The Danakil Depression in the north-east of Ethiopia is officially listed as the hottest place on Earth, with an average temperature of 34 – 35C. It lies at the junction of three tectonic plates and has developed as a result of Africa and Asia moving apart.
A plain, measuring around 200 by 50 kms, it is about 125 m below sea level. It is sometimes referred to as the cradle of hominids after Donald Johanson and his colleagues in 1974 found the famous Lucy Australopithecus fossil, which has been dated as 3.2 million years old.
One of the driest and most tectonically active areas on the planet, the Danakil is an area of singular geological fascination, a strange lunar landscape studded with active volcanoes. You will see some of the world’s most unique malodorous sulphur-caked hot springs, solidified black lava flows and vast salt encrusted basins.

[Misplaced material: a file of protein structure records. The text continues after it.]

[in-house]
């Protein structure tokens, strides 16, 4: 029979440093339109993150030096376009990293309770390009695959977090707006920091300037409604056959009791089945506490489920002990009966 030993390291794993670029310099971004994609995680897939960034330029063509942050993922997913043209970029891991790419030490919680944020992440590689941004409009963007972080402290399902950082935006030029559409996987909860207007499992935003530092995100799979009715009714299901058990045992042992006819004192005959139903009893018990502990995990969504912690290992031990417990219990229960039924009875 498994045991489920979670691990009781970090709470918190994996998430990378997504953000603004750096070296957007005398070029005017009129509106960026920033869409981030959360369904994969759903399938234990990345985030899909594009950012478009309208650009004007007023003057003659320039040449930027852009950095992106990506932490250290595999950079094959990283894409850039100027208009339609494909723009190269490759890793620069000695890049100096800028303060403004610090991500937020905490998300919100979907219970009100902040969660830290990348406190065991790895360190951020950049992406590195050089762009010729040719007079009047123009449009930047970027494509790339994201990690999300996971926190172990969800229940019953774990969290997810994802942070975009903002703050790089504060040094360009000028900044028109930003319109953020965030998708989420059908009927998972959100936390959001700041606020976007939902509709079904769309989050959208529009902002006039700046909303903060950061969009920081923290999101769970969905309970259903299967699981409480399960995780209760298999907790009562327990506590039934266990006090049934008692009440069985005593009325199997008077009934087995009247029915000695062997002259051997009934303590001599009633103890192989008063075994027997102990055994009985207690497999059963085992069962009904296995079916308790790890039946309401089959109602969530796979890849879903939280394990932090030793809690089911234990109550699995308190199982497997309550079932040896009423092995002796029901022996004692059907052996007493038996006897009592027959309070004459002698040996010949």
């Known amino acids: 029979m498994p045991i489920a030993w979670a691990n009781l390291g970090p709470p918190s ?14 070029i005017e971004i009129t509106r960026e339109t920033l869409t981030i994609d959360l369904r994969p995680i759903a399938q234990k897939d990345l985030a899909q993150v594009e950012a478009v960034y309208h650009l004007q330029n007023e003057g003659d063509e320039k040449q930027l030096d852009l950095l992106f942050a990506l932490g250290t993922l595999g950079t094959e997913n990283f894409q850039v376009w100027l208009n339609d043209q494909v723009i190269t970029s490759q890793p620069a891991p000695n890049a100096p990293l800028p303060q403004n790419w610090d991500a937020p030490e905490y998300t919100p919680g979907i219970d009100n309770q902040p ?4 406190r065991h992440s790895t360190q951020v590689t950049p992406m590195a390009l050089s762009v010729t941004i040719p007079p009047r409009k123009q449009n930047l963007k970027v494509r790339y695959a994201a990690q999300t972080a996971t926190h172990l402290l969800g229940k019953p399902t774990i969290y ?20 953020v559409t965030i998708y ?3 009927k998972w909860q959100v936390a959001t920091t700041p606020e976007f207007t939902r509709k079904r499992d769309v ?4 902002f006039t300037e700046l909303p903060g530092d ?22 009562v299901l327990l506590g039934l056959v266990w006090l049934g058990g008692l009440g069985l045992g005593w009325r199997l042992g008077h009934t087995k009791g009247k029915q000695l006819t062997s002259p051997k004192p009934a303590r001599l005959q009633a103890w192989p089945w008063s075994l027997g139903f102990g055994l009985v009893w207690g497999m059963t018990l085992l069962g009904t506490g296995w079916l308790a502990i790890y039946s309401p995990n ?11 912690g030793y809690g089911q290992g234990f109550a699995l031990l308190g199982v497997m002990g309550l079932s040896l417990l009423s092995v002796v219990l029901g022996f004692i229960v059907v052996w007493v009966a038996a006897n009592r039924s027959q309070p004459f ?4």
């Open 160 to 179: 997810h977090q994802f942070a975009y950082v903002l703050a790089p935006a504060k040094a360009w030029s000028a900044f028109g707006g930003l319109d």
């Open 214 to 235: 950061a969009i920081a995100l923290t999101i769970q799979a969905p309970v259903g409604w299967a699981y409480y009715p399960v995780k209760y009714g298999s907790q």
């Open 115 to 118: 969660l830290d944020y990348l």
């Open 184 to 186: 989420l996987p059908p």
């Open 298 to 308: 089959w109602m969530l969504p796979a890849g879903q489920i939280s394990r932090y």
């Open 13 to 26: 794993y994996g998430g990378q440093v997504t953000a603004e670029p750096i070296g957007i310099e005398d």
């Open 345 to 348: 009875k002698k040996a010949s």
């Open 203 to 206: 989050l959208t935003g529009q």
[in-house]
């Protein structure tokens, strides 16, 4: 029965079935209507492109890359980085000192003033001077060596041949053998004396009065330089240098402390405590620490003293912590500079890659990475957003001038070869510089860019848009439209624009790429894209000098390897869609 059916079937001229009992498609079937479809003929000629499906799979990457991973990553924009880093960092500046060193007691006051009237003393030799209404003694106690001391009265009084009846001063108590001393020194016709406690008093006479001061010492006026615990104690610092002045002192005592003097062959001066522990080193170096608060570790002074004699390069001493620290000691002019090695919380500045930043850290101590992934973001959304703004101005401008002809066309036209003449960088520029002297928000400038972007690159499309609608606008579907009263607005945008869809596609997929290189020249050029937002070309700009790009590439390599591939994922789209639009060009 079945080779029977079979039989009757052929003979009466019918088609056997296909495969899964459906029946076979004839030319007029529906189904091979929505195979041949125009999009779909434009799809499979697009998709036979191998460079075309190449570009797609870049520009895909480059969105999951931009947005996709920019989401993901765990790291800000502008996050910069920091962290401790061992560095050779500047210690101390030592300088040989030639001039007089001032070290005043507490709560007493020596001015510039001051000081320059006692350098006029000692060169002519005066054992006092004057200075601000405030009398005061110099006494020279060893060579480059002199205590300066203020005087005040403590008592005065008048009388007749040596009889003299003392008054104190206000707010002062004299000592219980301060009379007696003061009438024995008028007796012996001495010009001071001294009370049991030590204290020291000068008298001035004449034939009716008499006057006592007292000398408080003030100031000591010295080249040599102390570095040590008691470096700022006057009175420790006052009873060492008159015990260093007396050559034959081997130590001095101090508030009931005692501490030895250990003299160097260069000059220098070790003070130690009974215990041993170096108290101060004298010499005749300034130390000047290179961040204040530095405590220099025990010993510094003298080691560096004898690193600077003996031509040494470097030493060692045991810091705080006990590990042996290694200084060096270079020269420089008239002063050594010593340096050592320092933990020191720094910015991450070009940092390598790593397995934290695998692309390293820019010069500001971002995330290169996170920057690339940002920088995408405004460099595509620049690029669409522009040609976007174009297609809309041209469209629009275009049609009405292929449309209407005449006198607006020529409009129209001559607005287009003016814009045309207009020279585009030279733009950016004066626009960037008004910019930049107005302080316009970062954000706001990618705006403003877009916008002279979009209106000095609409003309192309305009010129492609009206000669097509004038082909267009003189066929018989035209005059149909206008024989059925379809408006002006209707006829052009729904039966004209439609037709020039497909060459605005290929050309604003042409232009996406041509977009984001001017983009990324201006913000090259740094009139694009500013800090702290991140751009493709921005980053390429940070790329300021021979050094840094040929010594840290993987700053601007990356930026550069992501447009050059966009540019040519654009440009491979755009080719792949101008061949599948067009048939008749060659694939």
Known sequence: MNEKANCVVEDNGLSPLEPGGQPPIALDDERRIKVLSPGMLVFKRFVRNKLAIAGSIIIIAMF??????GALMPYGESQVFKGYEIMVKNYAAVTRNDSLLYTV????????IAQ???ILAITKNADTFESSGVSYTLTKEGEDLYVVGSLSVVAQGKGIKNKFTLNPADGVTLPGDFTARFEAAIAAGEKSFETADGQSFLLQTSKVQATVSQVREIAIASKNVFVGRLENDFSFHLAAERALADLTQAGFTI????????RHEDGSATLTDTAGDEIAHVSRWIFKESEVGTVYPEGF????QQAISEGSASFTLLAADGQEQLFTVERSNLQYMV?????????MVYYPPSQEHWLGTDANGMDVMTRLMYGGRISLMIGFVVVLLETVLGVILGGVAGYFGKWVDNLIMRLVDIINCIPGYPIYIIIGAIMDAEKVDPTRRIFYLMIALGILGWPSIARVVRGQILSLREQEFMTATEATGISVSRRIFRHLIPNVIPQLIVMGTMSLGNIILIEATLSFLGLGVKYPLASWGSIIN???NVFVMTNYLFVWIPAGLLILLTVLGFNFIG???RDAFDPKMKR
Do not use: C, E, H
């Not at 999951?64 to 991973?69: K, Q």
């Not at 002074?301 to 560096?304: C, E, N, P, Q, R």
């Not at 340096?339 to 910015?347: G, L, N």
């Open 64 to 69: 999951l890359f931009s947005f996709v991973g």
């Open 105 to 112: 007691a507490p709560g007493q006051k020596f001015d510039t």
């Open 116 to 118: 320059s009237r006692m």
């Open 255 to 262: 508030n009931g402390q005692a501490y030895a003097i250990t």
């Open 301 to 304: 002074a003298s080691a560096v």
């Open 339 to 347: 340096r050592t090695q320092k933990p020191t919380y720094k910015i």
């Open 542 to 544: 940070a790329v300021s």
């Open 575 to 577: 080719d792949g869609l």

Salt mining at Lake Assale has been carried out for centuries, providing local people with a very basic living. Camel caravans carrying loads of salt can be encountered on the way.
Among the geological points of interest to tourists are numerous hot springs, among them Yellow Lake.This is harsh country, and a tour through this area needs to be planned carefully, allowing for the climate, geological conditions and, occasionally, security challenges.